TDBH: Passing of torch as Boomer and Fouts light up Riverfront

Posted Sep 21, 2017

This Day in Bengals History - September 22, 1985

No one wants to say it but the trappings of change are all-around today at Riverfront Stadium when the Bengals and Chargers both stage the highest-scoring game in their histories. Even though Ken Anderson is healthy and starts their first two games, the club’s all-time leading passer is a scratch for the first time since his rookie season 14 years ago. He watches heir apparent Boomer Esiason barely lose a duel with Hall-of-Fame quarterback Dan Fouts with four seconds left when San Diego’s Bob Thomas kicks a 34-yard field goal for a 44-41 victory. While Fouts unleashes a barrage of 344 yards and four touchdowns, Esiason responds in his fifth NFL start with 320 yards and three TD passes. Since it is Esiason’s first start of a winless season and both Anderson and Turk Schonert are healthy, and even though head coach Sam Wyche won’t say it, it appears the move has been made to the second-rounder from Maryland. “I’m walking on egg shells here,” says Esiason after the game, respectful of Anderson and best friends with Schonert, “I’m the young guy on the totem pole so I have to take it easy.”

Instead of naming Esiason the starter after the game, Wyche announces he’s closing Friday and Saturday practices to the media after his plan to start Esiason is revealed in advance. “The reason we didn’t announce anything is it gives you an edge. Maybe a  two -percent edge,” Wyche says. “That’s why I’m upset and get upset when we allow people to watch our practices and then they let the world and the opponent know virtually what you’re doing … that hurts our chances. It doesn’t decide the game, but affects the edge we might have had.” What decides the game is a Bengals defense allowing 40 points in back-to-back games for the first time ever in falling to 0-3. Cornerback Louis Breeden admits it’s the lowest he’s ever seen the defense in his eight seasons. “We’re just not giving our offense a chance,” Breeden says. “I’d be embarrassed to ask our offense to do anything more,” says linebacker Glenn Cameron.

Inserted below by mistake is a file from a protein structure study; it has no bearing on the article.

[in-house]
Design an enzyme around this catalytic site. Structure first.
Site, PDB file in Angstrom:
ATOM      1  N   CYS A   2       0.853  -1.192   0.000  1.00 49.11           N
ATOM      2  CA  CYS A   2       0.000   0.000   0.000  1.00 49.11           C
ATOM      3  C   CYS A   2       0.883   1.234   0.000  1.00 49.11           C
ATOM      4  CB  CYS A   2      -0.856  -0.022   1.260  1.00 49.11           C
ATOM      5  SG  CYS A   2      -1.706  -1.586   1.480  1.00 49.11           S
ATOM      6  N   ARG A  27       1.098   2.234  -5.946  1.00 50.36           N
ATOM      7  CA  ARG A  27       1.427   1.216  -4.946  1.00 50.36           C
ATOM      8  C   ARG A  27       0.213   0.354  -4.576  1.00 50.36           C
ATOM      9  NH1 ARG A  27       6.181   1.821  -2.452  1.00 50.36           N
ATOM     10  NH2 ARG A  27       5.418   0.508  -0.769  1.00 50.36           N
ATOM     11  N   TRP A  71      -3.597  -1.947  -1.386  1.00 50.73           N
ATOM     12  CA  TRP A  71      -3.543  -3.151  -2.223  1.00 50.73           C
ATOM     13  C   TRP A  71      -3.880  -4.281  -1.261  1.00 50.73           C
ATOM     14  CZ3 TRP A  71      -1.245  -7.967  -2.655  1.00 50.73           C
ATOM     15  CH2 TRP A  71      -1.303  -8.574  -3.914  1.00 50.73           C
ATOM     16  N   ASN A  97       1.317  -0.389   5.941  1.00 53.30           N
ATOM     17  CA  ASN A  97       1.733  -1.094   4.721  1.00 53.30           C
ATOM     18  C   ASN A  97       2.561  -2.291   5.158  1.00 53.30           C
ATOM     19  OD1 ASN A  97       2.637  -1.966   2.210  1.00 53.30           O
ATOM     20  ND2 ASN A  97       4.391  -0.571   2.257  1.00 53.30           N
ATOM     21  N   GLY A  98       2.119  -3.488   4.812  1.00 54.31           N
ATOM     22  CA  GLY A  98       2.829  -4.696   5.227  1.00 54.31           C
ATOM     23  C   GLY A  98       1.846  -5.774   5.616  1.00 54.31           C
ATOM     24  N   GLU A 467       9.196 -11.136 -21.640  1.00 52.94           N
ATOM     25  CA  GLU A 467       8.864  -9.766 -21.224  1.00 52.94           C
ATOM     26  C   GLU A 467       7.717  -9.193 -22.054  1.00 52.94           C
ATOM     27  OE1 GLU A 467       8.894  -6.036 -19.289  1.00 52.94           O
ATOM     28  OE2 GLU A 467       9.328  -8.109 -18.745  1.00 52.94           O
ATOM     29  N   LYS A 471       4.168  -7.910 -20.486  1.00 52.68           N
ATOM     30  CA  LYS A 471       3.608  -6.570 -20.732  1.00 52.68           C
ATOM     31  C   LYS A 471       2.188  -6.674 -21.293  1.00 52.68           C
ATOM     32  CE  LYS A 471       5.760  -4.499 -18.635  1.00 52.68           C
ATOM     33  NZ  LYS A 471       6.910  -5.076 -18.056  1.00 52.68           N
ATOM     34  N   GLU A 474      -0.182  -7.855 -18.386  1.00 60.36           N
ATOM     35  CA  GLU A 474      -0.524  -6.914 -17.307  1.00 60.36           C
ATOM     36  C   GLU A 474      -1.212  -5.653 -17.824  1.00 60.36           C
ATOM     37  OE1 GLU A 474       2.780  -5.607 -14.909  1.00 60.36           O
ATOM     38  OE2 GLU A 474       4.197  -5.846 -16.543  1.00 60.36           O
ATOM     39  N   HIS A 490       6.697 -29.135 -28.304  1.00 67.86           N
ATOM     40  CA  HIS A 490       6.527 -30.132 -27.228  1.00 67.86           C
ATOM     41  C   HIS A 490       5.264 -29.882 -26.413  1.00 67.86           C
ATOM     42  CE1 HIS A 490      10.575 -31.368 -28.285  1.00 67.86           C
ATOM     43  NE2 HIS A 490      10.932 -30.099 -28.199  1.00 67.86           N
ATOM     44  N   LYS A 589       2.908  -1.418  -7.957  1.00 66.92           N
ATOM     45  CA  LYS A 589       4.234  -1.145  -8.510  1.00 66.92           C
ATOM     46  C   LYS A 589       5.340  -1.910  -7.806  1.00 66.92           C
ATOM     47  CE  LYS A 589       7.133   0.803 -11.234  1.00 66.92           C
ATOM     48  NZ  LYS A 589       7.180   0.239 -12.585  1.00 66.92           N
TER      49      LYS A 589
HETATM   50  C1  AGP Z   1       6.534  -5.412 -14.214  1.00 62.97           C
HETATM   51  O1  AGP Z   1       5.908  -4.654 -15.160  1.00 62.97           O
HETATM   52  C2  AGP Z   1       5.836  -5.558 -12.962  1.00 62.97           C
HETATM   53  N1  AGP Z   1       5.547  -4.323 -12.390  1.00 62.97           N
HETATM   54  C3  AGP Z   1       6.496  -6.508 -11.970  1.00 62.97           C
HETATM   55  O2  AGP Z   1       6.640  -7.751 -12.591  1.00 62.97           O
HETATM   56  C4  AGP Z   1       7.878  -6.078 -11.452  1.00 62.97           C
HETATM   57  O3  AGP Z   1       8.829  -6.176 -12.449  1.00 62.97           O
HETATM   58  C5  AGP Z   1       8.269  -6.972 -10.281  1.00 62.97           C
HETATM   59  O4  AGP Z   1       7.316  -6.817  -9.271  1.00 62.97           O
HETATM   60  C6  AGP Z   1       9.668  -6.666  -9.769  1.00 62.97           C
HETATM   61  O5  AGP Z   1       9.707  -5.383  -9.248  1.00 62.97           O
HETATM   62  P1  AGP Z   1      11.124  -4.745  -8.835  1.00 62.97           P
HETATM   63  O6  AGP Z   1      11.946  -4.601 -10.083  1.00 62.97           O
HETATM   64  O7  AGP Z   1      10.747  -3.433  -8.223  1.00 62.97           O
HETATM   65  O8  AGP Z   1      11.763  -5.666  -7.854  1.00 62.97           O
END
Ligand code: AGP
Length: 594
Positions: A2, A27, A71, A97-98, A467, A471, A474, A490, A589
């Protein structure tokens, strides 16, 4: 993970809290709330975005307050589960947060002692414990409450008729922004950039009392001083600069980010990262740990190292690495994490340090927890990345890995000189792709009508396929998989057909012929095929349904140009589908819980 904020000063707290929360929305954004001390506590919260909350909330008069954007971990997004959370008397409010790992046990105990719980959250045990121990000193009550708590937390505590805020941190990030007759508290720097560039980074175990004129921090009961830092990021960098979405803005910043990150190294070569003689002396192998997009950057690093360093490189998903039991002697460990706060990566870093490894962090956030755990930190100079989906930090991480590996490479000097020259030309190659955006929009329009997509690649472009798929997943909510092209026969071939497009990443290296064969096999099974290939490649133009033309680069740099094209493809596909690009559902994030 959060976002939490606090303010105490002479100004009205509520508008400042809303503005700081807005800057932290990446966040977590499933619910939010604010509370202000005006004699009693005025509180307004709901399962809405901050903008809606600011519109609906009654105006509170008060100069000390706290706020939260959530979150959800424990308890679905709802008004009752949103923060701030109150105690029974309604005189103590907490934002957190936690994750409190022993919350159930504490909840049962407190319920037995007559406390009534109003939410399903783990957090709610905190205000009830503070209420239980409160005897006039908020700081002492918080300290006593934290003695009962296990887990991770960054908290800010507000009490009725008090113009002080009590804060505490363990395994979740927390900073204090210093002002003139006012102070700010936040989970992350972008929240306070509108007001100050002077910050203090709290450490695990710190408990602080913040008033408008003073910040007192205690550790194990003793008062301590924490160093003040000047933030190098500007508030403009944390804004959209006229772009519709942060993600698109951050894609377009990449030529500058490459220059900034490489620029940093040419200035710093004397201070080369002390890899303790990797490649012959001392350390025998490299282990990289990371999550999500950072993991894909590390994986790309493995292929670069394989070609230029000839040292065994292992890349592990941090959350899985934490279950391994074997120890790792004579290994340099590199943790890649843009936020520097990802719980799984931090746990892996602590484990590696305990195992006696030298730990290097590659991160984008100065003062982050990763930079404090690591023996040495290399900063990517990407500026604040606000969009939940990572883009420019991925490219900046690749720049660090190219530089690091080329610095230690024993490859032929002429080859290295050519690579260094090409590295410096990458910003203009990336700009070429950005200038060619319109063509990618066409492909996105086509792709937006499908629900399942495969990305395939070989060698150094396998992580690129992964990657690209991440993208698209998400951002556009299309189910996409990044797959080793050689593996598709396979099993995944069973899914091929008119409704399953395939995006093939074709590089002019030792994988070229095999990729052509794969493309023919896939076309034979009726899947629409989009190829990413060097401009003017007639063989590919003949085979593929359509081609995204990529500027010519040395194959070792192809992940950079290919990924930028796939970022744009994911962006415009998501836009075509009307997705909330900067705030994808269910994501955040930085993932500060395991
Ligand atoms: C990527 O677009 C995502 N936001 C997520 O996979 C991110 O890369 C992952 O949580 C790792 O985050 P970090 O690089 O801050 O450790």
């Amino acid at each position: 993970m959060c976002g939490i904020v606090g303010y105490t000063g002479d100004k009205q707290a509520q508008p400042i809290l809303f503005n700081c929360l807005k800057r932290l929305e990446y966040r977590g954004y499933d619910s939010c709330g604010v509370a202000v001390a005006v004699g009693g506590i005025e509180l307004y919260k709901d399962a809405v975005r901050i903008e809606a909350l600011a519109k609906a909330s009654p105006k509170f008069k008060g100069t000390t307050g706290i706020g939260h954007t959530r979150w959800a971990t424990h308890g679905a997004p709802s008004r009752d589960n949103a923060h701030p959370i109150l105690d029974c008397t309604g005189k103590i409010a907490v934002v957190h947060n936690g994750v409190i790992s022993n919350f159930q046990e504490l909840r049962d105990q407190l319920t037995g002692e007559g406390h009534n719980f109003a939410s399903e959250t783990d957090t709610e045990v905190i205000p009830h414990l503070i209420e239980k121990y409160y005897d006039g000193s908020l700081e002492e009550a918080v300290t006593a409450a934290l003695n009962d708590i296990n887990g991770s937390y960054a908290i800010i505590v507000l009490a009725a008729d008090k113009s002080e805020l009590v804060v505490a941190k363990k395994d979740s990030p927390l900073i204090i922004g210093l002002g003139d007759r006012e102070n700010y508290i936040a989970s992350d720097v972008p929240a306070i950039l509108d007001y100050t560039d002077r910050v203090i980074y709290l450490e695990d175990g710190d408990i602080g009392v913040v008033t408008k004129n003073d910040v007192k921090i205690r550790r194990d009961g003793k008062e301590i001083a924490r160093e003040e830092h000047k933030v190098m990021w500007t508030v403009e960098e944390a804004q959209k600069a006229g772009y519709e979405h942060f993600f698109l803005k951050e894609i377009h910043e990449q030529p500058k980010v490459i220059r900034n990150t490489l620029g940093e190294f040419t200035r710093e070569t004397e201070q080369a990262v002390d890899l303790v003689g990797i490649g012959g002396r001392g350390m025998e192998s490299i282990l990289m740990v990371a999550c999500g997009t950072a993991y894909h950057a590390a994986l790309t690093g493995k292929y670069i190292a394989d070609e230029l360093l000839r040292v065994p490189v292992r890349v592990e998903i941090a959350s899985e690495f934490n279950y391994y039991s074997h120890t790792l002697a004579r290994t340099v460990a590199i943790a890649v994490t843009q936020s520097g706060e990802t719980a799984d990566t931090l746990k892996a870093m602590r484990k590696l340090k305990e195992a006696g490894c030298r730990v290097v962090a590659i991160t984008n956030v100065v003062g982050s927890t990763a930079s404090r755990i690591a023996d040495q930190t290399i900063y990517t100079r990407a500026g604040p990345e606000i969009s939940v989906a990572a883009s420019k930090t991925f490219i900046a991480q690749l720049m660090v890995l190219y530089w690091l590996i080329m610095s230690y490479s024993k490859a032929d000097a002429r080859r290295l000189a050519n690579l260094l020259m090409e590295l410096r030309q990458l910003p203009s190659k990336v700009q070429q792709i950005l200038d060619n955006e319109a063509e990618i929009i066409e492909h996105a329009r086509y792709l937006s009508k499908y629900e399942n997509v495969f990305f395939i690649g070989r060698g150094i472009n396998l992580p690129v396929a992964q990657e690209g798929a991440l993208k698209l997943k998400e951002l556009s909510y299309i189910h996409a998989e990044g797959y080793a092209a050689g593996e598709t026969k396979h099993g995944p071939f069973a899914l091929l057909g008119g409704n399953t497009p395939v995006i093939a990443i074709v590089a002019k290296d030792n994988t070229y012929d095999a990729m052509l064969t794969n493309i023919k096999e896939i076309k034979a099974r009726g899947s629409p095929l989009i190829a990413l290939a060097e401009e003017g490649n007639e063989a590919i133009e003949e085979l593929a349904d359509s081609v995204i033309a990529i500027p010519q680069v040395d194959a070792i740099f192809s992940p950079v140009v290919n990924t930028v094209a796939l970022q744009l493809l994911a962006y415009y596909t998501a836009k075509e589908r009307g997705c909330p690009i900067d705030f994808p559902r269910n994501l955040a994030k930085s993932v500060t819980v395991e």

There are almost as many signs of the end of the Anderson Era as there are points. During the long day Fouts passes Anderson into third-place on the NFL’s all-time completions list. During a half-time ceremony Anderson’s favorite target, wide receiver Isaac Curtis, retires after 12 seasons as the franchise’s all-time leading receiver. “It hard to explain this feeling,” Curtis says to the crowd, “but I’ll never for forget it.” When the Bengals get down 10 points early, it is Schonert up throwing on the side while Anderson keeps on his ball cap. It turns out Anderson never starts another game and retires after the 1986 season as today Esiason starts a string of 97 straight starts that don’t include the 1987 strike games.

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